China National Aero Technology International Holding Corporation's Vice Project Manager, Zhou Yue, explained that the first 13 kilometers of the section traverses the well-known Ellewela flooded area, while the last 17 kilometers is a hilly terrain.

What's more, Sri Lanka's heavy rains this year gravely impacted the project.

Zhou said many of the construction materials and equipment were washed away and the culverts under construction were also severely scoured. The project was forced to be suspended for several days due to the torrential rains.

"However, we quickly adjusted ourselves to the restoration work following the rain. By the end of the year, we have accomplished more than 50 percent of the workload in the project. Even though we ran into many difficulties this year, we have successfully turned the tide," Zhou said.

From Matara to Hambantota, the Southern Highway Extension Project is divided into four sections, all contracted to Chinese companies.

The Sri Lankan Road Development Authority's senior Project Director of the Southern Highway Extension Project, R. M. Gamini, told Xinhua that the construction of the Hambantota Highway was progressing well and they hoped to finish it by the end of 2019.

He said this Highway would connect many parts of the country such as the Eastern Province, the Uva Province and even other Southern districts.

"This Expressway will benefit the local communities as it will ease the movement of goods. The expressway will also help vendors along it to transfer their goods to Colombo within a short period of time and this will improve their livelihoods," Gamini said.


The Port serves as a hub of cooperation between Sri Lanka and China in Hambantota, and the Highway will provide essential infrastructure support for the area.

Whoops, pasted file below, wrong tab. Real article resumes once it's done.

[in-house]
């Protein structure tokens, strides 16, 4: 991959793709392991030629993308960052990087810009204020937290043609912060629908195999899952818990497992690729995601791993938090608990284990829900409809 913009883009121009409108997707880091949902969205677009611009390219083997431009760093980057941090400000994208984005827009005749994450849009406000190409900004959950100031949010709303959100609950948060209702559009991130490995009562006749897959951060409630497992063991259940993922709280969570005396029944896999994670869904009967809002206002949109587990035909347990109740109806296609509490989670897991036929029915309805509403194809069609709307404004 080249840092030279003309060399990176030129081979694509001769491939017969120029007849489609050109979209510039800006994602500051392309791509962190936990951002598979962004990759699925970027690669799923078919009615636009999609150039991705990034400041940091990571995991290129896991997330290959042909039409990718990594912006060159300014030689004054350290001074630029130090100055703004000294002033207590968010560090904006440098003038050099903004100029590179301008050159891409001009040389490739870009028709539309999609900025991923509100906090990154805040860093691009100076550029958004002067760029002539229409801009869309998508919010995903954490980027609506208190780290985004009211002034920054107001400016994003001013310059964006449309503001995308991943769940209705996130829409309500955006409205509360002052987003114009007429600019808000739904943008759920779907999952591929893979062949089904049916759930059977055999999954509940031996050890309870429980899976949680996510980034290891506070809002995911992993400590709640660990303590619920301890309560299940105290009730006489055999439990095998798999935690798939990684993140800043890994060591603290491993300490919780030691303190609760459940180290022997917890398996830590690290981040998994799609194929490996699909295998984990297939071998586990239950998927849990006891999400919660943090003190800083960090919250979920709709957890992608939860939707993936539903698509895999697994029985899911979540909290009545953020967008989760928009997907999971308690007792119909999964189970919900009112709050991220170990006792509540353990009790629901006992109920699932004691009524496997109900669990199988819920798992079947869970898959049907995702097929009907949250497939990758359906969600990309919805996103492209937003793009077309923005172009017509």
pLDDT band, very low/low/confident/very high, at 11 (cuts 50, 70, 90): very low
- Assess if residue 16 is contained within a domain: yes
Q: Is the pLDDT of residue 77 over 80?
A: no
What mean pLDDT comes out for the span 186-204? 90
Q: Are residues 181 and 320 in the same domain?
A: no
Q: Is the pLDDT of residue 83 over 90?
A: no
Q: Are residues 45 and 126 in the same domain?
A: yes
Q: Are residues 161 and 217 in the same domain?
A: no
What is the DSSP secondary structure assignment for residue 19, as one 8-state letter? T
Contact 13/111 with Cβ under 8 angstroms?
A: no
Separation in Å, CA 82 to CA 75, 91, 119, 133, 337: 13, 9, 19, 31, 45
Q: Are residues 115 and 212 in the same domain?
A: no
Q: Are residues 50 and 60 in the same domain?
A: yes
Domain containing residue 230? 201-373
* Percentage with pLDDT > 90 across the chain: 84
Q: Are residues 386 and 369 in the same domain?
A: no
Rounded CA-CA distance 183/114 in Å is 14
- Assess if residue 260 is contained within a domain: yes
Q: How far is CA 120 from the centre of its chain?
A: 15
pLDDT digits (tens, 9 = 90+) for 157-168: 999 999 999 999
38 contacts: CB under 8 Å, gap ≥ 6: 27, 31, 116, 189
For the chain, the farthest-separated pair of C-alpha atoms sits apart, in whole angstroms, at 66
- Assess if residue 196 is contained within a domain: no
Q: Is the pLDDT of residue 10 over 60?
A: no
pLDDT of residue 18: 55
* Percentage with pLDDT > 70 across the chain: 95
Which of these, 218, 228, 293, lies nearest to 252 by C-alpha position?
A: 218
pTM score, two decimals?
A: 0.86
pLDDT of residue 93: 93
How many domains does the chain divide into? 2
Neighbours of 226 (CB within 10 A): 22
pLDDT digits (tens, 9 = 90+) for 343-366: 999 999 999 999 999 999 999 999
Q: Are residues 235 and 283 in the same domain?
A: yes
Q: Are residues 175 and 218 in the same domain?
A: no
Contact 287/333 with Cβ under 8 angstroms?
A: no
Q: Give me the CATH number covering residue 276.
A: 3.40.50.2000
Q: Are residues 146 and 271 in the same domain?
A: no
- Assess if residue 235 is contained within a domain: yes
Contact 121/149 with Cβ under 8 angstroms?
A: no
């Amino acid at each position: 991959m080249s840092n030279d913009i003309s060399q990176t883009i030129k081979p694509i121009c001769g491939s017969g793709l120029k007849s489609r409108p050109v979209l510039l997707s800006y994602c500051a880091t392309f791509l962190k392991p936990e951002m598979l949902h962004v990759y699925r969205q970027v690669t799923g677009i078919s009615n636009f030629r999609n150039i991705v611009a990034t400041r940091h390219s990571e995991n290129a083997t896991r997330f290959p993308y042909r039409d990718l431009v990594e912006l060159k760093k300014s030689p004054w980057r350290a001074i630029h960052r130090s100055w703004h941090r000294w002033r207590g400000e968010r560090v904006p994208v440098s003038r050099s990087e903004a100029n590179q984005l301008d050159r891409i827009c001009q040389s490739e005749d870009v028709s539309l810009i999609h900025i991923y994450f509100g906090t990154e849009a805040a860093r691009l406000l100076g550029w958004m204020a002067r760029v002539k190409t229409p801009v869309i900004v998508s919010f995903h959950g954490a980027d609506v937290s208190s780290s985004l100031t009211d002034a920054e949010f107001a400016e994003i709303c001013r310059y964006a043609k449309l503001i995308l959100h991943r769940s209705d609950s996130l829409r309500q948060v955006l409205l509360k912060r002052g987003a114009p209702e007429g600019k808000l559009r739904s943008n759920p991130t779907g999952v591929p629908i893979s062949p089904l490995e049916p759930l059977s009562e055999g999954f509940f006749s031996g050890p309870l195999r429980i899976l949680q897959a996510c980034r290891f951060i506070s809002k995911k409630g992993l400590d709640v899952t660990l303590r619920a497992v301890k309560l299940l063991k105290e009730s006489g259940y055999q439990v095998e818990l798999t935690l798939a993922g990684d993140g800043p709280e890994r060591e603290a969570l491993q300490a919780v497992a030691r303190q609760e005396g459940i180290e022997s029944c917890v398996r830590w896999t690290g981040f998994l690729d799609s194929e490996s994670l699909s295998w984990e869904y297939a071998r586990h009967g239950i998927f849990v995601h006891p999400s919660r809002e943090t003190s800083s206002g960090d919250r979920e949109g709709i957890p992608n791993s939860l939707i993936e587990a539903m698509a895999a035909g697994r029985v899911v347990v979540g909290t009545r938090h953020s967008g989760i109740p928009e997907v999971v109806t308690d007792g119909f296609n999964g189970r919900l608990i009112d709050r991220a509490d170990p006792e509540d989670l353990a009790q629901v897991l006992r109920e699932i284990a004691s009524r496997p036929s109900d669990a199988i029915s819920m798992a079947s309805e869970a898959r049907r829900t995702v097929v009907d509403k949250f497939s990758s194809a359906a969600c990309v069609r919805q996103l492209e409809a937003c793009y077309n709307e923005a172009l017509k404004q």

China and Sri Lanka are also eyeing cooperation on the Industrial and Logistics Zone in Hambantota.

China's Ambassador to Sri Lanka Yi Xianliang told Xinhua, "in the future, China will continue to push forward cooperation with Sri Lanka on the Zone."

In January, the foundation stone of the Sri Lanka-China Logistics and Industrial Zone was laid in Hambantota, and an office for attracting investments for the Zone was established there later in November.

Currently, the CHEC is negotiating with the Sri Lankan government on the development of the Zone, and both parties are now seeking potential investors to join the Zone. More than 30 enterprises have visited the Zone and expressed their willingness.

CHEC's Joint Managing Director of Representative Office in Sri Lanka, Zhang Lianjiu, told Xinhua that more than 10 enterprises have forwarded their Letter of Interest.

The Sri Lankan cabinet has approved the state-run utility, the Ceylon Electricity Board to jointly develop a 400-megawatt liquefied natural gas power plant in the Zone with the China Machinery Engineering Corporation.

According to the proposal, the Sri Lanka-China Industrial and Logistics Zone, covering an area of 50 square kilometers, will not only provide basic shipping services, but also embark on port-related industries, such as refining and sea-product processing industries.

Sri Lankan Ports and Shipping Minister Mahinda Samarasinghe believes with the Port of Hambantota being the start of Sri Lanka-Sino cooperation in the region, a promising future lies in the Zone.

"There will be several industrial zones in the Hambantota district as well as other selected districts where we are expecting Chinese companies to set up, invest and contribute further," he said.

From Xinhua News